Of the 42 conditions with orphacodes currently covered within Endo-ERN, international registries exist for 32 (76%). Of 27 registries identified in the Orphanet and RD-Connect databases, Endo-ERN RCs were aware of 11 (41%). Of 21 registries identified by the RC, RD-Connect and Orphanet did not have a record of 10 (48%). Of the 29 glucose RCs, the awareness and participation rate in an international registry was highest for rare diabetes at 75 and 56% respectively. Of the 37 sex development RCs, the corresponding rates were highest for disorders of sex development at 70 and 52%. Of the 33 adrenal RCs, the rates were highest for adrenocortical tumours at 68 and 43%. Of the 43 pituitary RCs, the rates were highest for pituitary adenomas at 43 and 29%. Of the 31 genetic tumour RCs, the rates were highest for MEN1 at 26 and 9%. For the remaining conditions, awareness and participation in registries was less than 25%.

Conclusion

Although there is a need to develop new registries for rare endocrine conditions, there is a more immediate need to improve the awareness and participation in existing registries.

Restricted access

Panagiotis Anagnostis, Konstantinos Christou, Aikaterini-Maria Artzouchaltzi, Nifon K Gkekas, Nikoletta Kosmidou, Pavlos Siolos, Stavroula A Paschou, Michael Potoupnis, Eustathios Kenanidis, Eleftherios Tsiridis, Irene Lambrinoudaki, John C Stevenson and Dimitrios G Goulis

Objective/Design

Menopausal transition has been associated with a derangement of glucose metabolism. However, it is not known if early menopause (EM, defined as age at menopause <45 years) or premature ovarian insufficiency (POI, defined as age at menopause <40 years) are associated with increased risk of type 2 diabetes mellitus (T2DM). To systematically investigate and meta-analyze the best evidence regarding the association of age at menopause with the risk of T2DM.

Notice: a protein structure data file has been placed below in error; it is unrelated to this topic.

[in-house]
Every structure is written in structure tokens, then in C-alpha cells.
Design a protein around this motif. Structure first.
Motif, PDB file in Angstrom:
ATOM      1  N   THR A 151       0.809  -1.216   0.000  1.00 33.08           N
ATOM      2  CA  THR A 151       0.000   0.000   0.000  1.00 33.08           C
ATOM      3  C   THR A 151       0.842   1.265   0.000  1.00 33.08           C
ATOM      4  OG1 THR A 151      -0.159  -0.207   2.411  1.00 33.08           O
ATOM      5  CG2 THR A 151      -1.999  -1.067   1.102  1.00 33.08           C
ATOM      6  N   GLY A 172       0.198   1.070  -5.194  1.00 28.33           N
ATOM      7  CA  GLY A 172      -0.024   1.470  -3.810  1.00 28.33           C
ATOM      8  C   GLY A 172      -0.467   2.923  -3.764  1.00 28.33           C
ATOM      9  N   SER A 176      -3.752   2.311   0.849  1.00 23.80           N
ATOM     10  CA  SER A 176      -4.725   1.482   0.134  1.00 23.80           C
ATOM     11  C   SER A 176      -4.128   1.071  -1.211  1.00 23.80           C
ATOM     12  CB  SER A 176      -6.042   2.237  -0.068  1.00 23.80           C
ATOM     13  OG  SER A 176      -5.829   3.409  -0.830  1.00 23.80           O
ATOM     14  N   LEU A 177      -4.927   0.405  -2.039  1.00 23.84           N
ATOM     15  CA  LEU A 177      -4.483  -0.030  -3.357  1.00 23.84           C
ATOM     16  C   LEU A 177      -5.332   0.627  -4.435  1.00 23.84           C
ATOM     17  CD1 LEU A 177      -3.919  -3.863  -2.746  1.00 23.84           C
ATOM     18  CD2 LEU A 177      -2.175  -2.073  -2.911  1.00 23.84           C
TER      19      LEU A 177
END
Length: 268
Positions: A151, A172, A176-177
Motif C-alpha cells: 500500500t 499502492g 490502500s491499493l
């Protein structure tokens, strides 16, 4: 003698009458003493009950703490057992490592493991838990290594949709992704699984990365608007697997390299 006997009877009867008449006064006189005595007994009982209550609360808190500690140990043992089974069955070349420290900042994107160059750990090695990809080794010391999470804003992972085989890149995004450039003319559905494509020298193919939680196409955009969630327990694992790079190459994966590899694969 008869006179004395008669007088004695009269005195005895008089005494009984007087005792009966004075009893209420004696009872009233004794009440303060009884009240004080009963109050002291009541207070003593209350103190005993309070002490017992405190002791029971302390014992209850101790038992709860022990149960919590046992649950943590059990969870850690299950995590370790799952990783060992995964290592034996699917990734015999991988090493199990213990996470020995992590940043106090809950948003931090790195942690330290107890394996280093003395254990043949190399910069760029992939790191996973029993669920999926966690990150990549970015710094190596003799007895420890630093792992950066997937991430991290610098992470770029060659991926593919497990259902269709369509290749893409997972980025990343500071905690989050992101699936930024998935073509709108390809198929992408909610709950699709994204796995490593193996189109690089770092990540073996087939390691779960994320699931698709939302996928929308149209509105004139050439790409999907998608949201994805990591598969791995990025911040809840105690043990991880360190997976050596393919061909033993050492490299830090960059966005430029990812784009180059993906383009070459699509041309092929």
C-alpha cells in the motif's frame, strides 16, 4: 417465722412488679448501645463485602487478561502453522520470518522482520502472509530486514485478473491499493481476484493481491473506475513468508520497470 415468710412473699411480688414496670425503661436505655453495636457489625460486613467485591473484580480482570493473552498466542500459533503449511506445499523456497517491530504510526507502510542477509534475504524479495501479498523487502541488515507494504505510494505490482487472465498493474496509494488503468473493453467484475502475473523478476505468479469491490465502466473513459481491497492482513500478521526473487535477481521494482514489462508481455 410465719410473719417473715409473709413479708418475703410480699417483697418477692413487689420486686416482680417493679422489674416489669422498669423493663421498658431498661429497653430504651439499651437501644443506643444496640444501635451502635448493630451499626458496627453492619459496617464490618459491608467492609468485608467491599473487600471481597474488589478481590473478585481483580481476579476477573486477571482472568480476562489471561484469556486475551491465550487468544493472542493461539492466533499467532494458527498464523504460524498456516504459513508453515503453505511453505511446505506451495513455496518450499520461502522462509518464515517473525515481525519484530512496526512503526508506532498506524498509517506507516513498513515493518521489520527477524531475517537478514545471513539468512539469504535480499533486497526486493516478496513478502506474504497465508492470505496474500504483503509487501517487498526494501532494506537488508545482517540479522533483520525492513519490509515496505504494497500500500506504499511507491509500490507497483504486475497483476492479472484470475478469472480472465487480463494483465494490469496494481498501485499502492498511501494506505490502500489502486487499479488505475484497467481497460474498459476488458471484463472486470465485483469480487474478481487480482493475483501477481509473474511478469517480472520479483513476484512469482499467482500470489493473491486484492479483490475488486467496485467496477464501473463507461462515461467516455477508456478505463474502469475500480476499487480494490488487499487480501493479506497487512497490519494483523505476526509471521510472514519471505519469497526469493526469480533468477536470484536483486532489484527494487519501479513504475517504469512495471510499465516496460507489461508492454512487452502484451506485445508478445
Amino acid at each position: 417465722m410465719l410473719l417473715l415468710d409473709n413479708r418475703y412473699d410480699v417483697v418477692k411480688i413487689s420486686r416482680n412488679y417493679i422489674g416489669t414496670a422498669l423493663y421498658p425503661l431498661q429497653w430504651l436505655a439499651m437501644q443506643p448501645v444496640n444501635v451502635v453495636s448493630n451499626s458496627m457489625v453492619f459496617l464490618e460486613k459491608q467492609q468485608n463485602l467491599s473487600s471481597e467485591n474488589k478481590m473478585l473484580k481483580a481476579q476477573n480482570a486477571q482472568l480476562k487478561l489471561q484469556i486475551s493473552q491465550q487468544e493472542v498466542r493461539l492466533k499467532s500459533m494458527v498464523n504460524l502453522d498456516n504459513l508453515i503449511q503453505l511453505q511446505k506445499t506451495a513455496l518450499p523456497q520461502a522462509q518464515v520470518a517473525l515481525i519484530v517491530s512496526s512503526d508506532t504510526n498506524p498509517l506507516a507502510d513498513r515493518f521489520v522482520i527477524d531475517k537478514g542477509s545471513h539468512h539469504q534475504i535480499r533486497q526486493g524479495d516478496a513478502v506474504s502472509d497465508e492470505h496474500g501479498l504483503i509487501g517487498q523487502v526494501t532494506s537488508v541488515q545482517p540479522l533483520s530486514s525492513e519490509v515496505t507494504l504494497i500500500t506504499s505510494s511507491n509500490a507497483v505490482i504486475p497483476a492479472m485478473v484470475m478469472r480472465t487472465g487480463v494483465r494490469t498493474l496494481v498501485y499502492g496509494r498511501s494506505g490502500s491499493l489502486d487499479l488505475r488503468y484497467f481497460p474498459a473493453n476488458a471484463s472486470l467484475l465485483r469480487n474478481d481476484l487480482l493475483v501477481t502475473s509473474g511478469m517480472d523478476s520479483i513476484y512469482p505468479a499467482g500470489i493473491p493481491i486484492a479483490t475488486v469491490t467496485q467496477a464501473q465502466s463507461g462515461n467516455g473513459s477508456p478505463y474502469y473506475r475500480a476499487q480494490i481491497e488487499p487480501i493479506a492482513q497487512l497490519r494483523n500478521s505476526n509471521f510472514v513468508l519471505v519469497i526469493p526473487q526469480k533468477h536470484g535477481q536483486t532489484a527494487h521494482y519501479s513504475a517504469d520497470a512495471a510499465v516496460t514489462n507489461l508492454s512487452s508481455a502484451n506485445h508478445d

Methods

A comprehensive search was conducted in PubMed, CENTRAL and Scopus, up to January 31, 2018. Data are expressed as odds ratio (OR) with 95% confidence intervals (CI). The I 2 index was employed for heterogeneity.

Results

Thirteen studies were included in the qualitative and quantitative analysis (191 762 postmenopausal women, 21 664 cases with T2DM). Both women with EM and POI were at higher risk of T2DM compared with those of age at menopause of 45–55 years (OR: 1.15, 95% CI: 1.04–1.26, P = 0.003; I 2: 61%, P < 0.002 and OR: 1.50, 95% CI: 1.03–2.19, P = 0.033; I 2: 75.2%, P < 0.003), respectively). Similar associations emerged when women with EM and POI were compared with those of age at menopause >45 years (OR: 1.12, 95% CI: 1.01–1.20, P < 0.02; I 2: 78%, P < 0.001 and OR: 1.53, 95% CI: 1.03–2.27, P = 0.035; I 2: 78%, P < 0.001), respectively).